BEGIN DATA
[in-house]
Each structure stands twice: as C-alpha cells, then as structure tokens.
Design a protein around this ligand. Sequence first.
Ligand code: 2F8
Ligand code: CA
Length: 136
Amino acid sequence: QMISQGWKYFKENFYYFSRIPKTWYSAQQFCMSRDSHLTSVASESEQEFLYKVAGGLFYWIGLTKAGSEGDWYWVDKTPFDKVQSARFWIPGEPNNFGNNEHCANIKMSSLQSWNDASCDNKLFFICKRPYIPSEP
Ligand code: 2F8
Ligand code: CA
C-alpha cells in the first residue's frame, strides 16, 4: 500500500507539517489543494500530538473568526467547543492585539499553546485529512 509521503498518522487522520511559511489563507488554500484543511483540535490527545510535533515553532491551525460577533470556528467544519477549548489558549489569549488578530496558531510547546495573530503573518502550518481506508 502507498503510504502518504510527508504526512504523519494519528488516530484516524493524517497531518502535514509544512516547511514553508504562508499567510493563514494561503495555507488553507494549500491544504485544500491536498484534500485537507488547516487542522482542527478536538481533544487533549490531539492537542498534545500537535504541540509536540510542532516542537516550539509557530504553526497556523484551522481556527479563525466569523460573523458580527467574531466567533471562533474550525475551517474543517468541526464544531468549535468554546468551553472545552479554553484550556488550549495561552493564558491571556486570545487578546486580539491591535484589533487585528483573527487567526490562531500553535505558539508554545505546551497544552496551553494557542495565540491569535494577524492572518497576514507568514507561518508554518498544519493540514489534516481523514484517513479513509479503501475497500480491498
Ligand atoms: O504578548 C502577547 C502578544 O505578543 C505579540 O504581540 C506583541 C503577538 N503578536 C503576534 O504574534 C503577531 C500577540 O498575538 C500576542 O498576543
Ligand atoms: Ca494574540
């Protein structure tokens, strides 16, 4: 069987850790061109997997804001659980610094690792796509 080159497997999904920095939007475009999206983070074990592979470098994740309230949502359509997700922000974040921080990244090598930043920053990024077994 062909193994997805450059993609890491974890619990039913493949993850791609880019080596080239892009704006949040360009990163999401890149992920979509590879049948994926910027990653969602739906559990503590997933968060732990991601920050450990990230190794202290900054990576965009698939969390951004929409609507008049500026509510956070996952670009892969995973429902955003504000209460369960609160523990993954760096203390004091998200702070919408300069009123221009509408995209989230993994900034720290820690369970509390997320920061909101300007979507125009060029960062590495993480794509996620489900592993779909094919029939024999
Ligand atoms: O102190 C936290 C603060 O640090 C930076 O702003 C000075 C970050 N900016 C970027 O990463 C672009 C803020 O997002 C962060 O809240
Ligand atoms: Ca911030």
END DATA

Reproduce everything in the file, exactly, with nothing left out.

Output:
[in-house]
Each structure stands twice: as C-alpha cells, then as structure tokens.
Design a protein around this ligand. Sequence first.
Ligand code: 2F8
Ligand code: CA
Length: 136
Amino acid sequence: QMISQGWKYFKENFYYFSRIPKTWYSAQQFCMSRDSHLTSVASESEQEFLYKVAGGLFYWIGLTKAGSEGDWYWVDKTPFDKVQSARFWIPGEPNNFGNNEHCANIKMSSLQSWNDASCDNKLFFICKRPYIPSEP
Ligand code: 2F8
Ligand code: CA
C-alpha cells in the first residue's frame, strides 16, 4: 500500500507539517489543494500530538473568526467547543492585539499553546485529512 509521503498518522487522520511559511489563507488554500484543511483540535490527545510535533515553532491551525460577533470556528467544519477549548489558549489569549488578530496558531510547546495573530503573518502550518481506508 502507498503510504502518504510527508504526512504523519494519528488516530484516524493524517497531518502535514509544512516547511514553508504562508499567510493563514494561503495555507488553507494549500491544504485544500491536498484534500485537507488547516487542522482542527478536538481533544487533549490531539492537542498534545500537535504541540509536540510542532516542537516550539509557530504553526497556523484551522481556527479563525466569523460573523458580527467574531466567533471562533474550525475551517474543517468541526464544531468549535468554546468551553472545552479554553484550556488550549495561552493564558491571556486570545487578546486580539491591535484589533487585528483573527487567526490562531500553535505558539508554545505546551497544552496551553494557542495565540491569535494577524492572518497576514507568514507561518508554518498544519493540514489534516481523514484517513479513509479503501475497500480491498
Ligand atoms: O504578548 C502577547 C502578544 O505578543 C505579540 O504581540 C506583541 C503577538 N503578536 C503576534 O504574534 C503577531 C500577540 O498575538 C500576542 O498576543
Ligand atoms: Ca494574540
């Protein structure tokens, strides 16, 4: 069987850790061109997997804001659980610094690792796509 080159497997999904920095939007475009999206983070074990592979470098994740309230949502359509997700922000974040921080990244090598930043920053990024077994 062909193994997805450059993609890491974890619990039913493949993850791609880019080596080239892009704006949040360009990163999401890149992920979509590879049948994926910027990653969602739906559990503590997933968060732990991601920050450990990230190794202290900054990576965009698939969390951004929409609507008049500026509510956070996952670009892969995973429902955003504000209460369960609160523990993954760096203390004091998200702070919408300069009123221009509408995209989230993994900034720290820690369970509390997320920061909101300007979507125009060029960062590495993480794509996620489900592993779909094919029939024999
Ligand atoms: O102190 C936290 C603060 O640090 C930076 O702003 C000075 C970050 N900016 C970027 O990463 C672009 C803020 O997002 C962060 O809240
Ligand atoms: Ca911030």